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date: 30 November 2020

Abstract and Keywords

This chapter outlines the origins in ordinary language philosophy of a new skills-based approach to working with complex and conflicting values in medicine called values-based practice. Ordinary language philosophy (as exemplified by Austin and others of the mid-twentieth-century "Oxford school") focuses on our use of words as a (sometimes) useful first step in coming to a more complete understanding of their meanings. The theory of values-based practice was developed by applying ideas from ordinary language philosophy to the long-running debate about the "boundary problem" presented by the concept of mental disorder. Ordinary language philosophy turns this debate topsy-turvy: it shows, (a) that the concept of mental disorder instead of being the target problem is a resource for coming to a more complete understanding of the meanings of concepts of disorder as a whole including the concept of bodily disorder; and correspondingly, (b) that the value-laden nature of mental disorder far from being part of the problem (to be solved either by limitation or outright elimination) points to an evaluative element of meaning in concepts of disorder as a whole, again including concepts of bodily disorder. It is these topsy-turvy results that underpin the development of values-based practice. In a brief concluding section we indicate the potential for further development of values-based practice supported by ordinary language and other philosophies particularly through engagement with non-Western language groups representing diverse traditions of thought and practice in mental health.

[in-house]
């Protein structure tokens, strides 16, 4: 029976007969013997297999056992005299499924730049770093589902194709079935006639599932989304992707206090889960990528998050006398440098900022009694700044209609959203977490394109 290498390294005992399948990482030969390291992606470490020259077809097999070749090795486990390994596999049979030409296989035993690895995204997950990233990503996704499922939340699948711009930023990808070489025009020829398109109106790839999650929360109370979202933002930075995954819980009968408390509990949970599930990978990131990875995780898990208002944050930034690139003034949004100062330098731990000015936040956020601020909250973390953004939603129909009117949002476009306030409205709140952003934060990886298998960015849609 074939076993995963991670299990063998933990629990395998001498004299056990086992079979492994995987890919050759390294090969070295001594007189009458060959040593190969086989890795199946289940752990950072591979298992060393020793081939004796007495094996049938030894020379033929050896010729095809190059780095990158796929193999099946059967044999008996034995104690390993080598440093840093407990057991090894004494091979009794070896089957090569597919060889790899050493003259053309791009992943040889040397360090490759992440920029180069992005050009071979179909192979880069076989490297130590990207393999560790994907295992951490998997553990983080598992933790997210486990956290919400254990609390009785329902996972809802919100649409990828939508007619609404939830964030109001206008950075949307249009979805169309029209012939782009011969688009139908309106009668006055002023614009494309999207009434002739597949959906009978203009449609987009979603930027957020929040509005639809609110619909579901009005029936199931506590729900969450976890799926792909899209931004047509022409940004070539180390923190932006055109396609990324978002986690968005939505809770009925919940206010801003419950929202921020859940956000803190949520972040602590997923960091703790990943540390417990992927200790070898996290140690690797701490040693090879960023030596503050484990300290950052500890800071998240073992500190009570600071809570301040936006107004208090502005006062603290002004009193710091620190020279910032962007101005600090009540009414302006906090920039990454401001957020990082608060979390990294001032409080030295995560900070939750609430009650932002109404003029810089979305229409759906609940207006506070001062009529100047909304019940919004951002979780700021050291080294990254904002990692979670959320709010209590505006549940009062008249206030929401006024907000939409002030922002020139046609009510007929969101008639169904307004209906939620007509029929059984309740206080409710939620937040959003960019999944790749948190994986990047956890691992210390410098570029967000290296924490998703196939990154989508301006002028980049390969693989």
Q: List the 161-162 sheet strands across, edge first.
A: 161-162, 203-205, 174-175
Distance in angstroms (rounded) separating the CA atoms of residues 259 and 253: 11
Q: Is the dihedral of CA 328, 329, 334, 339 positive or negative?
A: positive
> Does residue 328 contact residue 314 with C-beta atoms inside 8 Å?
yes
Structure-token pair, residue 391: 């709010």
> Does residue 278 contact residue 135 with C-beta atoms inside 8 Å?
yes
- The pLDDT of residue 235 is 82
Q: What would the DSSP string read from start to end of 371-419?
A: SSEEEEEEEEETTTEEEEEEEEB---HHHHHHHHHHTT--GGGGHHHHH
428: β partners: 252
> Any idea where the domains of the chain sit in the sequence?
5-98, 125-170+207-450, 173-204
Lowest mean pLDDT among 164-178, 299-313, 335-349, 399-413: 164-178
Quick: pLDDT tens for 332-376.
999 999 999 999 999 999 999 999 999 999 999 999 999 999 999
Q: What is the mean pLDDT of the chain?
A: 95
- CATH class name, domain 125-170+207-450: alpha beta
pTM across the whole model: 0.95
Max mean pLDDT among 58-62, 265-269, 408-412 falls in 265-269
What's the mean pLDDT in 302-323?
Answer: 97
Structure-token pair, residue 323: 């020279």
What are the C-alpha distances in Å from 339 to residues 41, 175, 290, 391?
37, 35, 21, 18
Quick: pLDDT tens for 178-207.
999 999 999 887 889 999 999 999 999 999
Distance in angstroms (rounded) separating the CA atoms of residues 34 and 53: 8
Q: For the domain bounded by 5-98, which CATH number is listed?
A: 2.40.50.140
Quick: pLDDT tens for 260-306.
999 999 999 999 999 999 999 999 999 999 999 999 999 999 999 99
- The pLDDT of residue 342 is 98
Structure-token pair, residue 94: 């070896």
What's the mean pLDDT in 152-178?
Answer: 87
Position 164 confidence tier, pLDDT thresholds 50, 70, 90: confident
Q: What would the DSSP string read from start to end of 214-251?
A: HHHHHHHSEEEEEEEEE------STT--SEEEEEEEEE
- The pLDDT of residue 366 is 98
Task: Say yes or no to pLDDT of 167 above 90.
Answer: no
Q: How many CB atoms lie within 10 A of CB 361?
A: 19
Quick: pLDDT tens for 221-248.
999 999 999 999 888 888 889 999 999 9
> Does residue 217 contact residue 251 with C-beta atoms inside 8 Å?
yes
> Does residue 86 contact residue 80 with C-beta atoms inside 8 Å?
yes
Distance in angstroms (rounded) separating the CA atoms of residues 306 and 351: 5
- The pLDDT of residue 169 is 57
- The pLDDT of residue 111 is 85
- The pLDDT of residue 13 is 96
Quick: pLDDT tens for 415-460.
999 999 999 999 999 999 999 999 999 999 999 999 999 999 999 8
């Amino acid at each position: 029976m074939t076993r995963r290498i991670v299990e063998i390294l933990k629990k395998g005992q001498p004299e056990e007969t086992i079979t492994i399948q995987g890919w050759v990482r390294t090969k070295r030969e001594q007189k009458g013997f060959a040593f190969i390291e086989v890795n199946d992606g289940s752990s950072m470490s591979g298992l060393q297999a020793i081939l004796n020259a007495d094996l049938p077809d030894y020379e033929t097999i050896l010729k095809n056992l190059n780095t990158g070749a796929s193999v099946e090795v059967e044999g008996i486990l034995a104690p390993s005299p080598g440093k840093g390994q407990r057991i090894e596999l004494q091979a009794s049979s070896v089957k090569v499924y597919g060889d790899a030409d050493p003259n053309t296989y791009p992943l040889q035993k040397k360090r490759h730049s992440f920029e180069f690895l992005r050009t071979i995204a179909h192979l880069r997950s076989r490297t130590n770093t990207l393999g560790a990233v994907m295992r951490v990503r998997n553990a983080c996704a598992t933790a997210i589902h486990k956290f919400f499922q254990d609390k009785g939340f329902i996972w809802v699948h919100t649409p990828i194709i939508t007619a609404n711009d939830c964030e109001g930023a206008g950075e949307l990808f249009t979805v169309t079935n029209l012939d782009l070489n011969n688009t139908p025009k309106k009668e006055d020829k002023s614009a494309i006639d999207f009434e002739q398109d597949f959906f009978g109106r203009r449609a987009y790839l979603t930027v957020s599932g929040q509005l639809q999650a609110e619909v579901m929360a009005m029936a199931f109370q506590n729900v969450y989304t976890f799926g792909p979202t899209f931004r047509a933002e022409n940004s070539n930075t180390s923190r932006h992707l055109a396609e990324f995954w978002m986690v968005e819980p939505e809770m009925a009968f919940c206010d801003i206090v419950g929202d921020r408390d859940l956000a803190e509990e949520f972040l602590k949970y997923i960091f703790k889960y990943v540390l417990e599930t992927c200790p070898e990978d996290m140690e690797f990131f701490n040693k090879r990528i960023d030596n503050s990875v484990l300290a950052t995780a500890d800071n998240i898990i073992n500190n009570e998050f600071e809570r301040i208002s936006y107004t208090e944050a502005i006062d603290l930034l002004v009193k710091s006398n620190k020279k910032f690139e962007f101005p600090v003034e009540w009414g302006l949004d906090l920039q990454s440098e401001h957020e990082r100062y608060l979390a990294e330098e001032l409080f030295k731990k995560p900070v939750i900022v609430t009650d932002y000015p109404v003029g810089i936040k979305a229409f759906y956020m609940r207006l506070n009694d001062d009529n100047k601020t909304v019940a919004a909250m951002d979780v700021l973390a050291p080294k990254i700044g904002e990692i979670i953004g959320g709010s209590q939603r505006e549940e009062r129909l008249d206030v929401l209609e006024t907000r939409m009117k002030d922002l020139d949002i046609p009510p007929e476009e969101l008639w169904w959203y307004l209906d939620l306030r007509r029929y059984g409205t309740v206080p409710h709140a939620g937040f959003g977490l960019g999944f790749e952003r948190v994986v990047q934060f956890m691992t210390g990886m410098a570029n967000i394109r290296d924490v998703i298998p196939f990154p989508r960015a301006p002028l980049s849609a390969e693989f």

Keywords: mental disorder, bodily disorder, anti-psychiatry, ordinary language philosophy, use and definition, philosophical field work, grammatical illusions, values, philosophical value theory, values-based practice

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